I keep getting squicked out by the quasi-incestuous relationships these royals had - Anne with Andrew Parker-Bowles and Charles with Diana's sister.

I had forgotten the details of Mountbatten's assassination, so when he got in the car and turned the key in the ignition I expected it to be a car bomb, for which the IRA was notorious. But then with the underwater shot of the lobster being thrown back in, I realized what was coming.

Phillip is so needy that he can't even share his grief with his son for a person they both loved. What a miserable existence.

I was pleasantly surprised by Gillian Anderson as Thatcher. I was skeptical of her as a nepotism hire and wasn't sure she'd be able to pull off such a difficult role. 

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Glad to know Philip is still an asshole. Being jealous of his own son because Dickie turned his attentions to Charles. If that's true that's a crappy thing for Dickie to do which I wouldn't put it passed him. Of course if Philip did his job being a father to his son instead of a jerk then maybe it wouldn't have happened. Of course his remarks about a woman PM and Elizabeth's remark of two women in power.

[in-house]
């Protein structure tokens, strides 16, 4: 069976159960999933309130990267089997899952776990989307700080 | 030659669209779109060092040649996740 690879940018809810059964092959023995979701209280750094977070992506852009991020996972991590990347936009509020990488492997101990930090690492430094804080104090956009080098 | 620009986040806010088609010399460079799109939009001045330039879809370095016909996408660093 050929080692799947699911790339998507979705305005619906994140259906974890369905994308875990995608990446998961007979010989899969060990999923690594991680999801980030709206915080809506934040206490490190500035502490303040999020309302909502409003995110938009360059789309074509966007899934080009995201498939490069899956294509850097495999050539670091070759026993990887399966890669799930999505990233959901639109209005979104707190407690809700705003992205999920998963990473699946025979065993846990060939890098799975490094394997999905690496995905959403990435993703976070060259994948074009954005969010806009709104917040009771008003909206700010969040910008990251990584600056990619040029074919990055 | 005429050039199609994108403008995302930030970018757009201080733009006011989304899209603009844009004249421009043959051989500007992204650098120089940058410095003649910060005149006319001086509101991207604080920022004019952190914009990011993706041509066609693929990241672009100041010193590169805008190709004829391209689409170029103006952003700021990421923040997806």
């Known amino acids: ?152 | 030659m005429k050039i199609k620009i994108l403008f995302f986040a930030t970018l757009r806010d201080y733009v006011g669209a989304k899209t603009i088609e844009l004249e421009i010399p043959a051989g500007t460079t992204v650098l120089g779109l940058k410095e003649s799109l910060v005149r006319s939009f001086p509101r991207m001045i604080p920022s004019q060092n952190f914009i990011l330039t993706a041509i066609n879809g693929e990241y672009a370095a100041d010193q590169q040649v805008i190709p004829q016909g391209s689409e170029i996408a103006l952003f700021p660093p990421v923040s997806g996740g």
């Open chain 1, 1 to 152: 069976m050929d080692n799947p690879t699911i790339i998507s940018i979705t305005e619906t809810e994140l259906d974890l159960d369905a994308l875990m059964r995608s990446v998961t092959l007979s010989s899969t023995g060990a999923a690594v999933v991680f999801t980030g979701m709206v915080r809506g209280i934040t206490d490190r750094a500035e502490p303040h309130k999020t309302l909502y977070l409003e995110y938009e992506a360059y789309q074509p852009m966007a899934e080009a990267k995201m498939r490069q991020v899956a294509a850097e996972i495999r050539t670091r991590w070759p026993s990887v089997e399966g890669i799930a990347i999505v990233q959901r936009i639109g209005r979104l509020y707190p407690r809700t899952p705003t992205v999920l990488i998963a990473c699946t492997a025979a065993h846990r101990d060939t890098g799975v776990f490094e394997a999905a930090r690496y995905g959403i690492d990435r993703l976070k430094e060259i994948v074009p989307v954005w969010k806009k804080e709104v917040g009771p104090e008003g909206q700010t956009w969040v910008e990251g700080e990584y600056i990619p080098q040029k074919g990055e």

I wish they hadn't skipped over Anne's wedding or attempted kidnapping. Those would have made for good episodes then the boring season 3 we got. Not doing that made Anne's and Philip's conversation about Mark confusing. Also going into the Troubles at least a little bit it would have helped give background to the IRA assassinating Dickie. 

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Honestly, there is a lot they could have addressed regarding Anne last season which would have made this season less confusing. I guess part of the problem is that they assume that people know more about Anne than they actually do. It's a good thing that the next seasons are already planned out, since it means that there is a chance that they can correct problems like this in the script early on.

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11 hours ago, tennisgurl said:

I also totally don't think that Diana just "accidently" met Charles in her cute fairy costume, she was totally looking to meet him and get her charming on. 

IRL, she did contrive to meet him. He came to the Spencer estate for a shooting party, and Diana, who had been ordered to stay away, lurked on the grounds (not wearing a costume!) and struck up a conversation. Charles was charmed. And the "sorry about your uncle" convo also happened, at a polo match. Charles was won over, or at least a good way there. 

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Well, the show suggests that it wasn't really accidental, too. Diana certainly wanted the attention of Charles. But I guess she married the guy in her head, not the real Charles. Diana certainly wasn't completely faultless regarding the situation, but she was the younger one, which is why Charles usually gets most of the blame, since he is the one who should have known better.